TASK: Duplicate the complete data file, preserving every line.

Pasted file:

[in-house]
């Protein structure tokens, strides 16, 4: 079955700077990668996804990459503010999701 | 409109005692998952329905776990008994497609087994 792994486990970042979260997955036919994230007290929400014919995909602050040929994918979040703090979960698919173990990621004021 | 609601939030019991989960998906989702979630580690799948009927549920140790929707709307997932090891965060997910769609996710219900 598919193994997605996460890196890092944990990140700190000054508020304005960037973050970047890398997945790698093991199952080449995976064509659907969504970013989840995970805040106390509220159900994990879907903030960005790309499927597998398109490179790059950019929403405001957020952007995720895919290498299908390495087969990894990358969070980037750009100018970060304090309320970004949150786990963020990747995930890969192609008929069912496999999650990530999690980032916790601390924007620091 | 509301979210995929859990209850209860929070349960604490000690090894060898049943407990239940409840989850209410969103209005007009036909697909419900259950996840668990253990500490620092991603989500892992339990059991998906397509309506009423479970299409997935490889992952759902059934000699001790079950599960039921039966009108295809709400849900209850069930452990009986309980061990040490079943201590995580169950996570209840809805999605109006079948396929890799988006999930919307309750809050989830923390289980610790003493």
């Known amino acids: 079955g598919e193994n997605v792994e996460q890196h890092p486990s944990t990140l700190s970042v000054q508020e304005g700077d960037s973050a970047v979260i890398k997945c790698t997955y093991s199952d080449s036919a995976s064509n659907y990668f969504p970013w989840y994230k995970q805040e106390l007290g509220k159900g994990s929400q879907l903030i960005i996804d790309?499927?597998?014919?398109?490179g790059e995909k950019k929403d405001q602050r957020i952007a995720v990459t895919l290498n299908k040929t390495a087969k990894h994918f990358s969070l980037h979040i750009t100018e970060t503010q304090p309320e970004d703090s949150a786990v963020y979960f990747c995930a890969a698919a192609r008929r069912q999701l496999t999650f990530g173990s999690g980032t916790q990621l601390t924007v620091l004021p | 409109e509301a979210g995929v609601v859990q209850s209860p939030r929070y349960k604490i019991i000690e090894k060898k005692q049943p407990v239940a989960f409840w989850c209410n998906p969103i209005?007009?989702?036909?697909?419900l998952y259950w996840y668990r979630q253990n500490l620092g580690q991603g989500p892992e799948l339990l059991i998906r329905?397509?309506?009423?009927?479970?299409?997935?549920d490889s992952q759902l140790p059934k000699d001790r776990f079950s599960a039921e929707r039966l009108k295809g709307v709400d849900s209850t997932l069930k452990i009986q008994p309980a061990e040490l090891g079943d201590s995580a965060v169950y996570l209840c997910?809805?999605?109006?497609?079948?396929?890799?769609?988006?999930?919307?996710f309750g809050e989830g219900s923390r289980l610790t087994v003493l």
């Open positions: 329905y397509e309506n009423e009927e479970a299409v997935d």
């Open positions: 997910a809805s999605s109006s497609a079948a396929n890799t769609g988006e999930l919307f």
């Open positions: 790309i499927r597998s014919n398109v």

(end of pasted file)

[in-house]
């Protein structure tokens, strides 16, 4: 079955700077990668996804990459503010999701 | 409109005692998952329905776990008994497609087994 792994486990970042979260997955036919994230007290929400014919995909602050040929994918979040703090979960698919173990990621004021 | 609601939030019991989960998906989702979630580690799948009927549920140790929707709307997932090891965060997910769609996710219900 598919193994997605996460890196890092944990990140700190000054508020304005960037973050970047890398997945790698093991199952080449995976064509659907969504970013989840995970805040106390509220159900994990879907903030960005790309499927597998398109490179790059950019929403405001957020952007995720895919290498299908390495087969990894990358969070980037750009100018970060304090309320970004949150786990963020990747995930890969192609008929069912496999999650990530999690980032916790601390924007620091 | 509301979210995929859990209850209860929070349960604490000690090894060898049943407990239940409840989850209410969103209005007009036909697909419900259950996840668990253990500490620092991603989500892992339990059991998906397509309506009423479970299409997935490889992952759902059934000699001790079950599960039921039966009108295809709400849900209850069930452990009986309980061990040490079943201590995580169950996570209840809805999605109006079948396929890799988006999930919307309750809050989830923390289980610790003493």
């Known amino acids: 079955g598919e193994n997605v792994e996460q890196h890092p486990s944990t990140l700190s970042v000054q508020e304005g700077d960037s973050a970047v979260i890398k997945c790698t997955y093991s199952d080449s036919a995976s064509n659907y990668f969504p970013w989840y994230k995970q805040e106390l007290g509220k159900g994990s929400q879907l903030i960005i996804d790309?499927?597998?014919?398109?490179g790059e995909k950019k929403d405001q602050r957020i952007a995720v990459t895919l290498n299908k040929t390495a087969k990894h994918f990358s969070l980037h979040i750009t100018e970060t503010q304090p309320e970004d703090s949150a786990v963020y979960f990747c995930a890969a698919a192609r008929r069912q999701l496999t999650f990530g173990s999690g980032t916790q990621l601390t924007v620091l004021p | 409109e509301a979210g995929v609601v859990q209850s209860p939030r929070y349960k604490i019991i000690e090894k060898k005692q049943p407990v239940a989960f409840w989850c209410n998906p969103i209005?007009?989702?036909?697909?419900l998952y259950w996840y668990r979630q253990n500490l620092g580690q991603g989500p892992e799948l339990l059991i998906r329905?397509?309506?009423?009927?479970?299409?997935?549920d490889s992952q759902l140790p059934k000699d001790r776990f079950s599960a039921e929707r039966l009108k295809g709307v709400d849900s209850t997932l069930k452990i009986q008994p309980a061990e040490l090891g079943d201590s995580a965060v169950y996570l209840c997910?809805?999605?109006?497609?079948?396929?890799?769609?988006?999930?919307?996710f309750g809050e989830g219900s923390r289980l610790t087994v003493l």
């Open positions: 329905y397509e309506n009423e009927e479970a299409v997935d």
């Open positions: 997910a809805s999605s109006s497609a079948a396929n890799t769609g988006e999930l919307f």
């Open positions: 790309i499927r597998s014919n398109v």